The most important differences between the and phases involve the librational motions of the N2 molecules. Motional narrowing of the nuclear quadrupole coupling by three orders of magnitude and disorder detected in the x-ray structure indicated that molecules in the higher temperature phase do not have their orientations fixed with respect to the lattice; they are disordered by precession-like motion about the axis, with the molecular axes making an average angle of 54.7 to the -axis. 
Raman scattering studies have been able to measure the absorption lines corresponding to the high frequency (2200-2500 cm-1) molecular stretch mode and the lower frequency (<150 cm-1) librational and lattice modes at temperatures from 3.6 K to above the transition, under equilibrium vapour pressure.  As temperature is increased within the phase, the mean amplitude of librations away from the preferred orientations grows. This is apparent as a slight broadening of the molecular stretch line with increasing T, which is expected when the molecules are no longer in identical environments, beginning at about T=25 K and continuing into the phase.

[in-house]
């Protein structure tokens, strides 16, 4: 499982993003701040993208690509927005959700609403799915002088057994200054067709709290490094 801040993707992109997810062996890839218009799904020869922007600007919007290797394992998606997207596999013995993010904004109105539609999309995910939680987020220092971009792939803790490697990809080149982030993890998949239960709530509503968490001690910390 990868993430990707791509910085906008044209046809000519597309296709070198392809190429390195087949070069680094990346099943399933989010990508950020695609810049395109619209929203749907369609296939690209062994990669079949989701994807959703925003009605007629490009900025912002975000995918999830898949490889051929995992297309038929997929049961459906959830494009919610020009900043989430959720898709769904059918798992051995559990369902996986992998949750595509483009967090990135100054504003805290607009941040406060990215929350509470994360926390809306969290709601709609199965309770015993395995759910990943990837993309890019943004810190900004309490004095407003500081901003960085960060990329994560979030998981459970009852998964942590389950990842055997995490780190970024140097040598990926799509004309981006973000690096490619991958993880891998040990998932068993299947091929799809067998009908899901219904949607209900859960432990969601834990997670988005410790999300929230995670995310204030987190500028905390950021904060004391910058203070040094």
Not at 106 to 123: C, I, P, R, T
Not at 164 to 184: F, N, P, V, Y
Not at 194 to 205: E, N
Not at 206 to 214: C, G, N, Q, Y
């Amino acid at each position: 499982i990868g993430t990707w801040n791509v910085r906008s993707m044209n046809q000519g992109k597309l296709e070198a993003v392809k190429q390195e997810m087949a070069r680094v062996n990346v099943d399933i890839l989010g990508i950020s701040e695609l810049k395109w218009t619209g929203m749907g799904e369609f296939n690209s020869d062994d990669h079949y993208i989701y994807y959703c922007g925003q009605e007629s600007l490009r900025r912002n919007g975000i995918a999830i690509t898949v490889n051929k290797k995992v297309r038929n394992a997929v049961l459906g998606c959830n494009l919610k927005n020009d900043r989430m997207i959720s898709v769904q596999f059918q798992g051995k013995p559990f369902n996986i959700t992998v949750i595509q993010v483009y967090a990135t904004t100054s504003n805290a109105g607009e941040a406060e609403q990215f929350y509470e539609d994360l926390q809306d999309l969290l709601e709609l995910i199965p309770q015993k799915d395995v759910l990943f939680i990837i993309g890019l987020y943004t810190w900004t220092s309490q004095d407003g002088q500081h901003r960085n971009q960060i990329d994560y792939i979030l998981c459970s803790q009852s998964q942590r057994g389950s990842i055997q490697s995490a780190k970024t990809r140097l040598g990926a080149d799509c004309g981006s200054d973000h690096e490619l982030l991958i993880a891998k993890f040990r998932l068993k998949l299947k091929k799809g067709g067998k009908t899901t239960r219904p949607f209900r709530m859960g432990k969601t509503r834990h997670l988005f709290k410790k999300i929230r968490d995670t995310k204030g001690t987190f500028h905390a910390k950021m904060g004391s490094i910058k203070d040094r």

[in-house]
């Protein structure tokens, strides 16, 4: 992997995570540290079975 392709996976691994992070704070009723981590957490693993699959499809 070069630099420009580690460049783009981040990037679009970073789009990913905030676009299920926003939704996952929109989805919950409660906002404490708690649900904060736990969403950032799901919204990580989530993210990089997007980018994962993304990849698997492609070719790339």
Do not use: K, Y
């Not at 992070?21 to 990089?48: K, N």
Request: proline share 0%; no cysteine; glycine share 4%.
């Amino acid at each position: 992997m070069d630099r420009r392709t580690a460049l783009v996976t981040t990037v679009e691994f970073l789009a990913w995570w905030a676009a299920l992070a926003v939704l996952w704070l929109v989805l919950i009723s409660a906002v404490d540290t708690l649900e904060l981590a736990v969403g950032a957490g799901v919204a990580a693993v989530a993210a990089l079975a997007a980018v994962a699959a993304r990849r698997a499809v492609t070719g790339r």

The low frequency lines, which are sharp at low temperatures in the phase, gradually become less distinct as the temperature rises to T, and become very broad features above T.This was interpreted as consistent with the build-up of large amplitude, anharmonic librations in the phase and a fully disordered, precessional motion in the phase.
The disorder introduced by librations is of a short-ranged nature, but since these are soft modes, they are excited at relatively low temperatures - they fall among the acoustic phonons in the excitation spectrum of the lattice.